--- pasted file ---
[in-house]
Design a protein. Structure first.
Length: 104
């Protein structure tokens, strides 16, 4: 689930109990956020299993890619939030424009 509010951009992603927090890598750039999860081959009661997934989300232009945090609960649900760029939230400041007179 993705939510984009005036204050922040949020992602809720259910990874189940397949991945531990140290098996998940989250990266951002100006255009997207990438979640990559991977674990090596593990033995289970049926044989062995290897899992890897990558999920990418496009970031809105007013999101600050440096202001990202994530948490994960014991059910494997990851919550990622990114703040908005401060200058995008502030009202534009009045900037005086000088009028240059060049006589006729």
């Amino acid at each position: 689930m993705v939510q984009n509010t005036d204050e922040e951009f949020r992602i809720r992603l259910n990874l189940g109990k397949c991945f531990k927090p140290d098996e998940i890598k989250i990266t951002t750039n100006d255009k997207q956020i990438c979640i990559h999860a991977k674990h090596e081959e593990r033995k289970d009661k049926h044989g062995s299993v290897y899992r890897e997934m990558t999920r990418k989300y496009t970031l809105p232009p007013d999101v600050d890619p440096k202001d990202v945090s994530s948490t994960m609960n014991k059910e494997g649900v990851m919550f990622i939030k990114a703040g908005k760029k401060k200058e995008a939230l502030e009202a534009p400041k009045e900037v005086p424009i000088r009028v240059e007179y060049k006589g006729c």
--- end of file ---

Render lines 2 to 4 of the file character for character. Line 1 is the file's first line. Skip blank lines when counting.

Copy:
Design a protein. Structure first.
Length: 104
């Protein structure tokens, strides 16, 4: 689930109990956020299993890619939030424009 509010951009992603927090890598750039999860081959009661997934989300232009945090609960649900760029939230400041007179 993705939510984009005036204050922040949020992602809720259910990874189940397949991945531990140290098996998940989250990266951002100006255009997207990438979640990559991977674990090596593990033995289970049926044989062995290897899992890897990558999920990418496009970031809105007013999101600050440096202001990202994530948490994960014991059910494997990851919550990622990114703040908005401060200058995008502030009202534009009045900037005086000088009028240059060049006589006729």